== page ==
Of all the incredibly significant things we need to teach, or more importantly, help our students understand, learning the meaning of beauty – in music – must number near the top of the list. I know it is vital that each of my students come to understand what beauty is, but just writing those words makes me uncomfortable. Who decides? What is beauty? I’m remembering back to the very last course I had to take in graduate school: aesthetics. The study of the beautiful. It was grueling, daunting, intimidating, and overwhelming. We were challenged to learn what made something musically beautiful through the ages and why. The end of the semester came (not a minute too soon!), and after hearing hours and hours of lectures, and reading tomes and tomes about beauty by scholars and people far more learned than I could ever hope to be, still doubting I understood anything, I worked up the courage to ask my professor a simple question: “What makes music beautiful?” With great disdain in his voice, he proceeded to tell me how stupid I was. The truth of that aside, he still didn’t answer the question, but his inability to do so really helped me. I realized I would have to help my students decide for themselves, and that my job was to give them the tools to do just that.

So maybe what’s most important is for us to continue to expose our students to many types, periods, styles, and genres of music so that they can experience as many of them as possible. As well, for us to give them the tools to understand and assess qualities and attributes of what they perform or hear so that they can develop their own learned, informed opinion of what is beautiful. For us to help them develop the technical skills necessary to reach moments of “beauty” in their solo and ensemble playing. And for us to share with them, and celebrate, when we hear beauty, especially in their music-making, thus guiding them along that path to understanding what they think is beautiful. Yes, beauty is in the eye of the beholder, but I think we can all agree that there is so much more to it than that!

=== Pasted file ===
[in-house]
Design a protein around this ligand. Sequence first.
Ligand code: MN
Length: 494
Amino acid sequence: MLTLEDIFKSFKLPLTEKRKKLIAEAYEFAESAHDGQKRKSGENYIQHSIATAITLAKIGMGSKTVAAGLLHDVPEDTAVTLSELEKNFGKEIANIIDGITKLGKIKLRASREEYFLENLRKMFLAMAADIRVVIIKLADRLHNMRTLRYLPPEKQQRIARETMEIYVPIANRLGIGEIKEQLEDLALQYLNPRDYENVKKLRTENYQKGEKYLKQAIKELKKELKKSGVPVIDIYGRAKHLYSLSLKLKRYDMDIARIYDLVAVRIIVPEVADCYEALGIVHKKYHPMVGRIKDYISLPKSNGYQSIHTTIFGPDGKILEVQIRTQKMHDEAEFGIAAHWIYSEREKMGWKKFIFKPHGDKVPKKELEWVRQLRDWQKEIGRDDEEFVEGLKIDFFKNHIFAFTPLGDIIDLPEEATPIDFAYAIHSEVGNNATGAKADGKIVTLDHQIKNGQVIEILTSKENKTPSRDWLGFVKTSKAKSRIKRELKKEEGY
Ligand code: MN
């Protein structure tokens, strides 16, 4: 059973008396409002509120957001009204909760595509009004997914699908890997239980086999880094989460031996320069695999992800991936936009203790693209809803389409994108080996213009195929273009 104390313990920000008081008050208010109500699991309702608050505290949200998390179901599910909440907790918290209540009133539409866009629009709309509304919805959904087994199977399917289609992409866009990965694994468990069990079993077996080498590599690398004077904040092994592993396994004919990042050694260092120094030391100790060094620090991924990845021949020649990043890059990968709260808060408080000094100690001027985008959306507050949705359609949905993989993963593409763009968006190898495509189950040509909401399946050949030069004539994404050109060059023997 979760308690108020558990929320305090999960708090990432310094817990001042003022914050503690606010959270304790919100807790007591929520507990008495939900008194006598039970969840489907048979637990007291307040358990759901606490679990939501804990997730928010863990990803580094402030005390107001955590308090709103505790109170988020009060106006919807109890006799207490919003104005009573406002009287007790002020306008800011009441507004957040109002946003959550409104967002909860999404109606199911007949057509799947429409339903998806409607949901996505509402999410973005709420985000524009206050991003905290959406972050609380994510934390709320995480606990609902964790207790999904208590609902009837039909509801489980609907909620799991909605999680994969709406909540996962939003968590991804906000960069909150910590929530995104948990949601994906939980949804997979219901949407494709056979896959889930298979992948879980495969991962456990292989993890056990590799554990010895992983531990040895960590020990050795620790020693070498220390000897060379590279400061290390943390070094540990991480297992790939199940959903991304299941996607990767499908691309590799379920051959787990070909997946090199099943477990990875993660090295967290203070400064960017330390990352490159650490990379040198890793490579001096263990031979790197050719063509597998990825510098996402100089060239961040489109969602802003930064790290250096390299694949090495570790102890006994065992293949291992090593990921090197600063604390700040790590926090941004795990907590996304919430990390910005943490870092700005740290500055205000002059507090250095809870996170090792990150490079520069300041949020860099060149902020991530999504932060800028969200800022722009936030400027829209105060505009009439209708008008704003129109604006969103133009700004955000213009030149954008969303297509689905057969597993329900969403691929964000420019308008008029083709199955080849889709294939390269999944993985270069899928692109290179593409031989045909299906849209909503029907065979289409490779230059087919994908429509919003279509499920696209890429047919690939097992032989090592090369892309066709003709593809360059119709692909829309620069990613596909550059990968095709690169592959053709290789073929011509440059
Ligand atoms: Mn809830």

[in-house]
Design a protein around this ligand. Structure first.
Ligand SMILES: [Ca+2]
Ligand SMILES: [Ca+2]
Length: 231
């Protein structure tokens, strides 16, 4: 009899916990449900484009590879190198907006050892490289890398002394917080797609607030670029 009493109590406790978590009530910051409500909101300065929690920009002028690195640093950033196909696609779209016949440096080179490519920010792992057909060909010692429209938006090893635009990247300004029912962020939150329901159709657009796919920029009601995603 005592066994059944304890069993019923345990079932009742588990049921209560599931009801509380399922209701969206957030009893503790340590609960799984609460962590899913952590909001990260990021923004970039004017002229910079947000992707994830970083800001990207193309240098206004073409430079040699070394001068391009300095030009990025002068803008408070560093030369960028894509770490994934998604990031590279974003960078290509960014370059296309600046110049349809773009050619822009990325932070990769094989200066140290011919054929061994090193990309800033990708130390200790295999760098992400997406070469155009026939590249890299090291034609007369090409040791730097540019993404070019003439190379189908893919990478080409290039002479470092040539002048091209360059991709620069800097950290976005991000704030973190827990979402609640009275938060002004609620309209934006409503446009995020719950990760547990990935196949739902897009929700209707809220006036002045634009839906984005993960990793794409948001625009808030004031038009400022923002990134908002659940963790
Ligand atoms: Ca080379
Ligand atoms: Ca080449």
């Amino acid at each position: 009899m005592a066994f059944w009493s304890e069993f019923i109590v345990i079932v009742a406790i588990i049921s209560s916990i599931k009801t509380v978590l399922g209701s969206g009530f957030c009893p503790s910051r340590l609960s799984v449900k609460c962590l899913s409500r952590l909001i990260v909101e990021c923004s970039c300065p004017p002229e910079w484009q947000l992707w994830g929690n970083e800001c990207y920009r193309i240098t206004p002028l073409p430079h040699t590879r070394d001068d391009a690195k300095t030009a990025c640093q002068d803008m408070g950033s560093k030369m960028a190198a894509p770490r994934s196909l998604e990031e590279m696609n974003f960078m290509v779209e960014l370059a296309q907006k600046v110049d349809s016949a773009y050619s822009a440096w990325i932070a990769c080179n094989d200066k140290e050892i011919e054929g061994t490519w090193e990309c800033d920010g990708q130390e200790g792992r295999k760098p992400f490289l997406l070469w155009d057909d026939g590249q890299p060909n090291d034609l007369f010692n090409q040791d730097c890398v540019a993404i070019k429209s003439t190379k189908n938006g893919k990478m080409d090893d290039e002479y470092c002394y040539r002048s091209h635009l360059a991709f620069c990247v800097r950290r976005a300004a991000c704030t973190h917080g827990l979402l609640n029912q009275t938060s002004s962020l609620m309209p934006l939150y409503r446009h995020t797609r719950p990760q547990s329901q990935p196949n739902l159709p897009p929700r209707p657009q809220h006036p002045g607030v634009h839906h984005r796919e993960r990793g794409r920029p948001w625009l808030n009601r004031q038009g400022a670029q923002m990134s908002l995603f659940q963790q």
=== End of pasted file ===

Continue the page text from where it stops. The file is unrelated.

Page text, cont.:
Peter Loel Boonshaft, Director of Education
KHS America

About the Author

Dr. Boonshaft, Director of Education for KHS America, is the author of the critically acclaimed best-selling books Teaching Music with Passion, Teaching Music with Purpose, and Teaching Music with Promise. Dr. Boonshaft is currently on the faculty of Hofstra University in Hempstead, New York, where he is Professor of Music. He was honored by the National Association for Music Education and Music For All as the first recipient of the “George M. Parks Award for Leadership in Music Education.”